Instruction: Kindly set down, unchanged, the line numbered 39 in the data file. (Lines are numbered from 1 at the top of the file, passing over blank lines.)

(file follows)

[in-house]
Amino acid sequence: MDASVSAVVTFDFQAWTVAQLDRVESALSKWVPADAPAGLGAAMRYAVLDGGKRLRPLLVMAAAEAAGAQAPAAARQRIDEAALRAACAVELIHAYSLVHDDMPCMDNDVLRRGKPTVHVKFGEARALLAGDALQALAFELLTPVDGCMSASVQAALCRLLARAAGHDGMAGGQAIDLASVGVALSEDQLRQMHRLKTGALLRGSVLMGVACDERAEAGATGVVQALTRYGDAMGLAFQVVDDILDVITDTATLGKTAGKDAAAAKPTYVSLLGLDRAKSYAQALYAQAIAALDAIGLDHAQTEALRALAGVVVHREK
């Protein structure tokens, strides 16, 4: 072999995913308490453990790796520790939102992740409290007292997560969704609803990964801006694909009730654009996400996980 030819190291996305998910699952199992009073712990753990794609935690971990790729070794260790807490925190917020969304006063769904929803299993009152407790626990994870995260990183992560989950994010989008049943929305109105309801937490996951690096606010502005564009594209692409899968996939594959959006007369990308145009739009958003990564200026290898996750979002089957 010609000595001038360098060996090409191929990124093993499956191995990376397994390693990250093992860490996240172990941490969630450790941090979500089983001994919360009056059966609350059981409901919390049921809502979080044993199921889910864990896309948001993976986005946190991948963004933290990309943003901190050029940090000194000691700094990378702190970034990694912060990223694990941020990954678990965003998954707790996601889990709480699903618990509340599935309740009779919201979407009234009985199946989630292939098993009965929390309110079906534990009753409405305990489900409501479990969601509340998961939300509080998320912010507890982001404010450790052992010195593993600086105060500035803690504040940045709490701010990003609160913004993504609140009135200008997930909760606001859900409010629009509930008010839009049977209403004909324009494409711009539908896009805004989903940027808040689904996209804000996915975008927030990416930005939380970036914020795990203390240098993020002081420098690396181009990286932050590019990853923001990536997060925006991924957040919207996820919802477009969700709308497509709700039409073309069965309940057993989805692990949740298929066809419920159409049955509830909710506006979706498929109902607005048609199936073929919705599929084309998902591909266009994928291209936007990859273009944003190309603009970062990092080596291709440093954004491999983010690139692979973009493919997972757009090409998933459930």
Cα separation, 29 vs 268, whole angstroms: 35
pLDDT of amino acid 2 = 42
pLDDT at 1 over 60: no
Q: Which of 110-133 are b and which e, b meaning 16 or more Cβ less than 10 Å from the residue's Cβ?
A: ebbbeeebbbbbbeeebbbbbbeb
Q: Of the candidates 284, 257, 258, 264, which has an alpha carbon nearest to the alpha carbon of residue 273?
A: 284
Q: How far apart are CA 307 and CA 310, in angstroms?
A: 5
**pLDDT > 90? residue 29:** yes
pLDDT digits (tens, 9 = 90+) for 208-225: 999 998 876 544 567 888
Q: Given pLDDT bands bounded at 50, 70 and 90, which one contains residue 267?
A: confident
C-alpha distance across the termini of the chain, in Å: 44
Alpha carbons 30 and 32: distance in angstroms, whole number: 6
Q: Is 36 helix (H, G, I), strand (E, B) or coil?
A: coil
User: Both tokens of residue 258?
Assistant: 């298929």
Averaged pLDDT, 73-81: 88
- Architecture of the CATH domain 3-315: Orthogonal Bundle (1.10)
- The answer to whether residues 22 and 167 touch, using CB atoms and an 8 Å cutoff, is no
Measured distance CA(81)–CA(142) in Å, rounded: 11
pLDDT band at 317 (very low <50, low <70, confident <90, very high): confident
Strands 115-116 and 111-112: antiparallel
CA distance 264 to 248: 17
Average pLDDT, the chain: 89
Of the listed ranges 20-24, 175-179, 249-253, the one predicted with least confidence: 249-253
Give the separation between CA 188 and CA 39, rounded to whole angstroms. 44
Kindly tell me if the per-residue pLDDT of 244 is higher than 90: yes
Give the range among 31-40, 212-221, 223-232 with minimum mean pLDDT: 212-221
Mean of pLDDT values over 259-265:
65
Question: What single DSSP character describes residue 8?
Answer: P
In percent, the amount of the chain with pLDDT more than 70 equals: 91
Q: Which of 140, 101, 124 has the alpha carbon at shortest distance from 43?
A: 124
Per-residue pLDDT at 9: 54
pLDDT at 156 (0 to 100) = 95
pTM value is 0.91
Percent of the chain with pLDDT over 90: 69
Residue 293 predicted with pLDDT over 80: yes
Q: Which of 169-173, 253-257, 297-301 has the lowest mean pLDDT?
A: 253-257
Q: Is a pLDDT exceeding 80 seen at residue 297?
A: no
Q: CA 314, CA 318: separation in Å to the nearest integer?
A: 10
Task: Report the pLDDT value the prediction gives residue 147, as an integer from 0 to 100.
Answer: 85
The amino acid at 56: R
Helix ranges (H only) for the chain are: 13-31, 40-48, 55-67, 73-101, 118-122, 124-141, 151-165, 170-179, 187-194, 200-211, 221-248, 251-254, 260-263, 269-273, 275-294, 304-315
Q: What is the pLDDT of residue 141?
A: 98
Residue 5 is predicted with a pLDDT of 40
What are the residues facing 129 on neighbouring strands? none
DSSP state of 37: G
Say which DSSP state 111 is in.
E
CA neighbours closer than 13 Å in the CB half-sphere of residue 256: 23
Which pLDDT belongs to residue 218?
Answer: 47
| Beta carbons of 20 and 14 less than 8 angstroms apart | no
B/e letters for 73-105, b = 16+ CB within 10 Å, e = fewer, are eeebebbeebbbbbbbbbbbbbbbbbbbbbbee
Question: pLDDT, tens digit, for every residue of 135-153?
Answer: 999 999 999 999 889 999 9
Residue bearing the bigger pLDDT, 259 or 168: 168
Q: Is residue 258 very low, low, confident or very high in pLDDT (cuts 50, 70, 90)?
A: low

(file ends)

In percent, the amount of the chain with pLDDT more than 70 equals: 91